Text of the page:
Xiaomi is shaking up the smartphone market with its outrageously cheap Pocophone F1. So it makes sense to take a closer look at this new candidate in the race for smartphone of the year. To get the price this cheap, the Chinese brand must have been cutting corners somewhere. Could it perhaps have been on the display?
First, let’s get to the key data for the Pocophone F1’s display: the screen has an LCD panel with a 6.18-inch diagonal and a fairly wide notch at the top. The new smartphone has a screen resolution of 2246 x 1080 pixels, which results in a pixel density of 403 ppi. There’s more to it than that, but on paper, that’s not bad.
But the results from our test speak for themselves, and they’re less generous. The maximum brightness is 454 cd/m², which isn’t very high and makes the device difficult to read in bright sunshine. The deviations in color representation and grayscales, which are expressed in Delta E values, are too high. That’s especially the case with the grayscales, which have an average of 8.11. The colors are too far from ideal, especially with cyan, magenta and white.
You’ll notice the issues with your own eyes
You’ll notice the display’s shortcoming with your eyes when you take a closer look at the Pocophone F1 display. The colors don’t shine like on an OLED panel, and the blacks aren’t quite deep enough; they seem slightly gray. The viewing angle stability is also a bit shaky, as the display darkens relatively quickly when you view it from a sharp angle. The panel also doesn’t evenly illuminate, and clear halos can be seen at the lower end.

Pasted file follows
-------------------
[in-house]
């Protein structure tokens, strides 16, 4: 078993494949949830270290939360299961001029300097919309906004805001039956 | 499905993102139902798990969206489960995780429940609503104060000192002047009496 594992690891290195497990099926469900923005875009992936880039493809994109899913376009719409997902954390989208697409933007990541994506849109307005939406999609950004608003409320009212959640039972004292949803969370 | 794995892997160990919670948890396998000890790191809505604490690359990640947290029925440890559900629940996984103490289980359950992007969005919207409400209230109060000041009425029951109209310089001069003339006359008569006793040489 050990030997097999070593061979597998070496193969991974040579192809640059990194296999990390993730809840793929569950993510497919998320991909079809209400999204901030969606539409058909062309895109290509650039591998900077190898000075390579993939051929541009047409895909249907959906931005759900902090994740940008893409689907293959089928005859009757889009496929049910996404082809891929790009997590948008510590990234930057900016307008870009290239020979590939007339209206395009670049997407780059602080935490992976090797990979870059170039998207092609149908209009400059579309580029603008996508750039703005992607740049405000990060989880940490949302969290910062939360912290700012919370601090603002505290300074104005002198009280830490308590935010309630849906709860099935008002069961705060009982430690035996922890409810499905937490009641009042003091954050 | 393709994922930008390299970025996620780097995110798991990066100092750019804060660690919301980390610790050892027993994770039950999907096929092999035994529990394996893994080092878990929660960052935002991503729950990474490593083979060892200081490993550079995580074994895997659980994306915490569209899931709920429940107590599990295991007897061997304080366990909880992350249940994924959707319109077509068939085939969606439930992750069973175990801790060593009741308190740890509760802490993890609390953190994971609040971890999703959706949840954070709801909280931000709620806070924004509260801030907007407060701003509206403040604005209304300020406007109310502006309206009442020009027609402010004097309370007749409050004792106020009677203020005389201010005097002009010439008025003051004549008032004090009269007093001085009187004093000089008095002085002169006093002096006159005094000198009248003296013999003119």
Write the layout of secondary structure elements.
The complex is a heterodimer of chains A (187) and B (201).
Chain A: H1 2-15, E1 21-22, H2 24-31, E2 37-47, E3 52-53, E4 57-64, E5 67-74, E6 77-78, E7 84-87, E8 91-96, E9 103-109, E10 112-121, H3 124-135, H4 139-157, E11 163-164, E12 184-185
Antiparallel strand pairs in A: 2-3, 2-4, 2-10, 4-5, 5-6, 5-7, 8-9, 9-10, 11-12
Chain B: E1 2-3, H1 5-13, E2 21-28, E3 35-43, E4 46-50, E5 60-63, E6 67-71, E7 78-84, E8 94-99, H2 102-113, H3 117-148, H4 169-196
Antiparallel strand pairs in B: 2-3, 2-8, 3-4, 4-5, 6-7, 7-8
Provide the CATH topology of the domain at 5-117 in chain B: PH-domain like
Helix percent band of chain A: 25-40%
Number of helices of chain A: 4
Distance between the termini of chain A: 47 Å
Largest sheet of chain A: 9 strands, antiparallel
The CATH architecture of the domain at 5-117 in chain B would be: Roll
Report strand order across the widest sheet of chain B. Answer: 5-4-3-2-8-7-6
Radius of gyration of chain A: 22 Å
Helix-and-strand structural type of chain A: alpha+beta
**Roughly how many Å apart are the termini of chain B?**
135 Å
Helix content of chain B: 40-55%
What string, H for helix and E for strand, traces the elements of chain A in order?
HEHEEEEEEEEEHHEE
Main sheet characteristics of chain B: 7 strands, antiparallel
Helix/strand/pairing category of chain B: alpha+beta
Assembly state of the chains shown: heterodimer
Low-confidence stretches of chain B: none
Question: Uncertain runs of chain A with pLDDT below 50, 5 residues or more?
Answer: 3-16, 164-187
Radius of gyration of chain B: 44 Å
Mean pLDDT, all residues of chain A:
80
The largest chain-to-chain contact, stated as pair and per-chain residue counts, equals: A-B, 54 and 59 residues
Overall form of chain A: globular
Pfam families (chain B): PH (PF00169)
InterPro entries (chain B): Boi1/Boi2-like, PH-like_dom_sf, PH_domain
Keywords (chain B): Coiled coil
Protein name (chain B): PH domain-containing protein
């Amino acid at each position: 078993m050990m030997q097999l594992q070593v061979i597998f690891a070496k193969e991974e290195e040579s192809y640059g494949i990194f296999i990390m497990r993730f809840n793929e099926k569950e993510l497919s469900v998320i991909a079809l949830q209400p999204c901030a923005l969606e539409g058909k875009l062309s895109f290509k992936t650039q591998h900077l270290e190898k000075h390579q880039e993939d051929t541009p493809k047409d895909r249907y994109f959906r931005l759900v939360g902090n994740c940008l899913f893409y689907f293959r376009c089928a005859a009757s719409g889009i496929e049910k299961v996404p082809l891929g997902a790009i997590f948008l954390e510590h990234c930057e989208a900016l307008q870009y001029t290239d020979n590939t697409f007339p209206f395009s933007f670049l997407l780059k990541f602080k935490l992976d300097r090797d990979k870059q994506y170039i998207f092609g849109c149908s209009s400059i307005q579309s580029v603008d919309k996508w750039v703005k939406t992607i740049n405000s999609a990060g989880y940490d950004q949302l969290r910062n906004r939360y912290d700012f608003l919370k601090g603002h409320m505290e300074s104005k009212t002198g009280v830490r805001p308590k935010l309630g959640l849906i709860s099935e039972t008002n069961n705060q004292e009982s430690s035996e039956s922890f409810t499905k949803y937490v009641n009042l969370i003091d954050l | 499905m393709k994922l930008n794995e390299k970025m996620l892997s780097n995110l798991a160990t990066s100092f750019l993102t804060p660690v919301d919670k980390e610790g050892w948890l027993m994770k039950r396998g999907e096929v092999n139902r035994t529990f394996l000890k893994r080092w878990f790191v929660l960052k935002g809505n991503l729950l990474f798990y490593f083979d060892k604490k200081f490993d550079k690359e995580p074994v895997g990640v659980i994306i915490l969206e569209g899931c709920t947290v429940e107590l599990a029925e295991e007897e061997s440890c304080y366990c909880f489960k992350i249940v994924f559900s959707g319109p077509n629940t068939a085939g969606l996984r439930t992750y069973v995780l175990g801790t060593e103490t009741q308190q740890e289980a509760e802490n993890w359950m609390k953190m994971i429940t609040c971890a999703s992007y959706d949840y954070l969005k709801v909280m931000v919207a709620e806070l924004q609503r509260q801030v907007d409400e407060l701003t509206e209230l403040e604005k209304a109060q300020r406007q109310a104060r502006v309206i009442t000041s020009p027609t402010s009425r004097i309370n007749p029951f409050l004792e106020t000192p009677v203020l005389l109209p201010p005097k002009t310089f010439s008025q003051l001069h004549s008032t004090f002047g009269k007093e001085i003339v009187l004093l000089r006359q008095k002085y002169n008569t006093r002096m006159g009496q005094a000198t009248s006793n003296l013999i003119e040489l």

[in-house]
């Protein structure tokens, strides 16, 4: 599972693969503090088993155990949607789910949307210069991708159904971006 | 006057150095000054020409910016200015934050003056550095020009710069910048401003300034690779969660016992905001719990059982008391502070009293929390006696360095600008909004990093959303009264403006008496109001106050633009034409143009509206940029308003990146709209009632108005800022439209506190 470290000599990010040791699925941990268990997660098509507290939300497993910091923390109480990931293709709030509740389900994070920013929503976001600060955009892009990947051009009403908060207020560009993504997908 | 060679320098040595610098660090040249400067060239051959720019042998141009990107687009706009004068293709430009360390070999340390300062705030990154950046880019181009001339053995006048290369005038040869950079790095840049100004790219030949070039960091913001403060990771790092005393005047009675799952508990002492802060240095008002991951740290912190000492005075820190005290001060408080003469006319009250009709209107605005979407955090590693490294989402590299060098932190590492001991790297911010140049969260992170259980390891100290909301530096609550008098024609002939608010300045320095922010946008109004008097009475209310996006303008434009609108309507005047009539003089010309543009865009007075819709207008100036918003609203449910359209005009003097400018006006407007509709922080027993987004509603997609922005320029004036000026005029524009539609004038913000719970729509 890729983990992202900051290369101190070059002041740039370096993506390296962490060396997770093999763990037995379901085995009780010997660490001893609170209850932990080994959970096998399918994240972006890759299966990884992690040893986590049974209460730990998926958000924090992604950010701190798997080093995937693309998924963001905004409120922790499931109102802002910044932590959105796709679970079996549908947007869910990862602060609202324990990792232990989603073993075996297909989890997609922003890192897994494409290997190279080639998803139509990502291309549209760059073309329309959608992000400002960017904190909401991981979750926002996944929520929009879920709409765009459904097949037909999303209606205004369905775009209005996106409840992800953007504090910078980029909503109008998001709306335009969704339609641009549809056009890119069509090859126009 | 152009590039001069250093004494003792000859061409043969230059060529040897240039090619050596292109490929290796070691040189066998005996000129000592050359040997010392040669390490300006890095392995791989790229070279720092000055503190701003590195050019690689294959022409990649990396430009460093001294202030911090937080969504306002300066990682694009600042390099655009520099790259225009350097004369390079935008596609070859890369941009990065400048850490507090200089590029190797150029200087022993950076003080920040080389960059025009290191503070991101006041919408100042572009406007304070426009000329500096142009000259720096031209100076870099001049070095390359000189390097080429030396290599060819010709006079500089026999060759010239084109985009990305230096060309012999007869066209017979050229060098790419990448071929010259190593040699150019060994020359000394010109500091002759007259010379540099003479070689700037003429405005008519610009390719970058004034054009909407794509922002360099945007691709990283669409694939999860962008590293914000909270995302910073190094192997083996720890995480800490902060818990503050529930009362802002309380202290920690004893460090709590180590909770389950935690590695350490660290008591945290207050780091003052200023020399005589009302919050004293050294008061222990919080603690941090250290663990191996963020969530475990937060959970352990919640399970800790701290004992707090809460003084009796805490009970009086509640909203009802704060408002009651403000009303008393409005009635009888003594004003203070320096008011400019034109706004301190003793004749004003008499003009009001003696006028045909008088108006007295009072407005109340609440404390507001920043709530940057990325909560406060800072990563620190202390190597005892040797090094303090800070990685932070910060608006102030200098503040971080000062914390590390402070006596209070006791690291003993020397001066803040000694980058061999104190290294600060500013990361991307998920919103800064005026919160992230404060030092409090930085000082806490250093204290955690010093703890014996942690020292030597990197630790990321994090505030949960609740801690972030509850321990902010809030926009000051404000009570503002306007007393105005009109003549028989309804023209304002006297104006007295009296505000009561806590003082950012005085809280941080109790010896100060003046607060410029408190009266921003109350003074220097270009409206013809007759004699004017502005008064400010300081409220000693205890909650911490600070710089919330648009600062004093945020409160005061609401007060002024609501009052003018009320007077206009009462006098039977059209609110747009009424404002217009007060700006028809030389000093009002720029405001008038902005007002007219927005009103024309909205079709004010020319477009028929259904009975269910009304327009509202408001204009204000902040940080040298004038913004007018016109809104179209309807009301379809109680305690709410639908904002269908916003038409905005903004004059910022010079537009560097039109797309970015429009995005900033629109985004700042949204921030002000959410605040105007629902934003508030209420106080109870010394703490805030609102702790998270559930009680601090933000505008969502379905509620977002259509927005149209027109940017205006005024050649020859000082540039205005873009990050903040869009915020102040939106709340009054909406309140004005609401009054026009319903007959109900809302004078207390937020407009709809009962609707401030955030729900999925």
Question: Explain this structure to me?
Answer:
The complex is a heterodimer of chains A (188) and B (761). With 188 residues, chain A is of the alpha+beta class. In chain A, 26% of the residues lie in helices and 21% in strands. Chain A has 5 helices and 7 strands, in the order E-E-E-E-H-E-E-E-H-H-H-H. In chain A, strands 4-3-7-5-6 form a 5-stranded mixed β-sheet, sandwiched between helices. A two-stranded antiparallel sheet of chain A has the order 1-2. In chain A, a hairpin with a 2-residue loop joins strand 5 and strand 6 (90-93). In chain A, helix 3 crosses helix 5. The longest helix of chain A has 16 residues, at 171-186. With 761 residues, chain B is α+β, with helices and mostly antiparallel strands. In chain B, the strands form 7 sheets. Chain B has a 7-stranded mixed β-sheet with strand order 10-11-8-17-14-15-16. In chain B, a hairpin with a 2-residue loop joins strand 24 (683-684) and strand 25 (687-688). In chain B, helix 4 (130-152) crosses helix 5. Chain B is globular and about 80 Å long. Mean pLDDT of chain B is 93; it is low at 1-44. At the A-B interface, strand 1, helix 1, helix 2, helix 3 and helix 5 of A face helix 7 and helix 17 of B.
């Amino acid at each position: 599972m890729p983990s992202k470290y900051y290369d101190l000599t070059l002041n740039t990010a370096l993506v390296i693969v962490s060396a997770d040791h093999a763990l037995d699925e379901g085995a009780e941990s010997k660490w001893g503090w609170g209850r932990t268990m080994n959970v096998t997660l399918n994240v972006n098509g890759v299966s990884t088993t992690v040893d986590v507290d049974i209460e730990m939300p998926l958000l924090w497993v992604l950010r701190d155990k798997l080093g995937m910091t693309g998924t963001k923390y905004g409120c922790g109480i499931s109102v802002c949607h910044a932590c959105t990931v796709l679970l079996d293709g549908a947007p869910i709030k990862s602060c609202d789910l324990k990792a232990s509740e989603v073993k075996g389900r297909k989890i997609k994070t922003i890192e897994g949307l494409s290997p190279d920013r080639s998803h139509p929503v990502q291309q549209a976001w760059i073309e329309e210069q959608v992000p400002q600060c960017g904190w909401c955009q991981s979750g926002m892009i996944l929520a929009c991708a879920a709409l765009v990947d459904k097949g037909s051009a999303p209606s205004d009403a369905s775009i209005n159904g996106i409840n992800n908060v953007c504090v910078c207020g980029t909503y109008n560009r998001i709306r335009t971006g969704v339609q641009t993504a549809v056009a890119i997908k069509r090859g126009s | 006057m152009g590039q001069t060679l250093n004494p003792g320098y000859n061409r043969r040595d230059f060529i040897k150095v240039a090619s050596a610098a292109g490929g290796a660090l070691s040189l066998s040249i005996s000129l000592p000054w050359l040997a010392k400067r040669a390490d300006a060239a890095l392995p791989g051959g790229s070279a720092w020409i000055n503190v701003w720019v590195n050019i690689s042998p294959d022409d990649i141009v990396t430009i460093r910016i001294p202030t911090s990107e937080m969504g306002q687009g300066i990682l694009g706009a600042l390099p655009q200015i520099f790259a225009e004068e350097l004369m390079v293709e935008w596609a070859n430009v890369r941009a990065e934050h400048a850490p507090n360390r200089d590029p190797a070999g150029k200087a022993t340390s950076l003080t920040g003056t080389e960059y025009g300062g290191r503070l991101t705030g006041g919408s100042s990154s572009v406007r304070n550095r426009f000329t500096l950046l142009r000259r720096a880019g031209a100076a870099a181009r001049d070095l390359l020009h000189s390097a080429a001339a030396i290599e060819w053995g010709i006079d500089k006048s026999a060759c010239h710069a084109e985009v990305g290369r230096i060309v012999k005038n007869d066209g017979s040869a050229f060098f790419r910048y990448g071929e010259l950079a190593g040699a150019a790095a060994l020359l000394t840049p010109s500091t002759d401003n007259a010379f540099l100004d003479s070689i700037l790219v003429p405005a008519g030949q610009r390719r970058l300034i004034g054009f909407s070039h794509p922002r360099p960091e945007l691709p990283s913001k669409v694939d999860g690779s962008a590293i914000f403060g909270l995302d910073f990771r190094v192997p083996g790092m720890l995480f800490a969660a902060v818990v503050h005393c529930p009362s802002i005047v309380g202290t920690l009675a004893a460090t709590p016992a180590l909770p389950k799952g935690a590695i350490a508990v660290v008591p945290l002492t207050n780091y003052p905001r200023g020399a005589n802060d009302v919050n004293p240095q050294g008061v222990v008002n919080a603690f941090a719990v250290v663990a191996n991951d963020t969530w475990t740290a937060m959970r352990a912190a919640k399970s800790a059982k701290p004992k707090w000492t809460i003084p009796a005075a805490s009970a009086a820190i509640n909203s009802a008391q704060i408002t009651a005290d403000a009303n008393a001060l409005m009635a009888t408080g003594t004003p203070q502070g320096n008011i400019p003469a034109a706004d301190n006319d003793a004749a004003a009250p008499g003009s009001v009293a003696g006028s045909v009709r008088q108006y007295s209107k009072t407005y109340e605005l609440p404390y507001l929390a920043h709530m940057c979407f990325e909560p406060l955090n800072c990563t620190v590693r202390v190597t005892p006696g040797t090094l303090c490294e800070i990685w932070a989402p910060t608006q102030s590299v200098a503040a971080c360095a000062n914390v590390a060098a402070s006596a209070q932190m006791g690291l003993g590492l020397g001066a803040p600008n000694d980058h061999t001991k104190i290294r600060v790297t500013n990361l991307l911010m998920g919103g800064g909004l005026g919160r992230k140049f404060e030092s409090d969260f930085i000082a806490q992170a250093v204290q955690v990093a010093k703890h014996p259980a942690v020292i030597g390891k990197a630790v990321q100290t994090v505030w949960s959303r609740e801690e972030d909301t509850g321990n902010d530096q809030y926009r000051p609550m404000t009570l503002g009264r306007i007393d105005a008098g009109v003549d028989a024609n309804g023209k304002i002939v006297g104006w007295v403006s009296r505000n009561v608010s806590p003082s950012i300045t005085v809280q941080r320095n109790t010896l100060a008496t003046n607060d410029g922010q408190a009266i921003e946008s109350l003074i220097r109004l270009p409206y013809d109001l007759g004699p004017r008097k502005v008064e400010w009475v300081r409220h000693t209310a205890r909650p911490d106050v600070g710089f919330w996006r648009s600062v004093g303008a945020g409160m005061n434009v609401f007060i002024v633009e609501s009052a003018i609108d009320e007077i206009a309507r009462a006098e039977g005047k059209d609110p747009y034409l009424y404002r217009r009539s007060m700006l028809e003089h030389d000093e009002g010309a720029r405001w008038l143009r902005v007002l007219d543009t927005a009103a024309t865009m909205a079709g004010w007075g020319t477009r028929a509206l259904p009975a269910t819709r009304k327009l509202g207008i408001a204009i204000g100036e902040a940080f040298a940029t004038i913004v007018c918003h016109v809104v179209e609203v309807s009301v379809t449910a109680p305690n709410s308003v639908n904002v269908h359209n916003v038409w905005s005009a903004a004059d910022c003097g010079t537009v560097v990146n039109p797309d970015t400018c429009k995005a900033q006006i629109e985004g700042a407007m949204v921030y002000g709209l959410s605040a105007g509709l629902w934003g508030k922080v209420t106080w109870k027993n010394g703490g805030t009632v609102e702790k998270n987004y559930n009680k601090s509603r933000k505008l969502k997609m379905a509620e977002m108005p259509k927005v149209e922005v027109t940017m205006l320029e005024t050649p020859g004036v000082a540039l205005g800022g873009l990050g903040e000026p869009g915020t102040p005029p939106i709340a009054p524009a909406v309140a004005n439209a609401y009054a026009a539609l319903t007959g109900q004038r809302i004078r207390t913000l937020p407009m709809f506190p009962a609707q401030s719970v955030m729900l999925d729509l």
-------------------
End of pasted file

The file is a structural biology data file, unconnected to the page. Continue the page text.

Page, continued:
The Pocophone F1 is well on its way in terms of contrasts: 1,302:1 is a good value for an LCD screen. In the standard setting, red and blue are also pretty close to the 100% mark, and green is exactly on it. That speaks for a balanced display.
Saving money on the display is dangerous
The settings options offered by Xiaomi on the Pocophone F1 display are quite good. Not only can you freely set the basic color temperature, the contrasts can also be adjusted in three stages (normal, increased and automatic according to ambient light). The owner of a Pocophone F1 can configure the night and reading modes in terms of intensity and also define periods during which the display switches automatically.
The bottom line is the Xiaomi Pocophone F1’s display isn’t good enough to compete in the luxury class. The weaknesses aren’t all that serious, but they run through all the major components ranging from brightness to viewing angle to color display: there’s room for improvement in all facets. But it should be noted: the Pocophone F1 can compete with top-range devices in many aspects of the equipment, but costs only $349. The smartphone’s performance is alright for this price class. Nevertheless, if you’re looking for a caveat in the Pocophone F1’s amazing value for money, you’ll find it in the display.
How important is a smartphone’s display to you?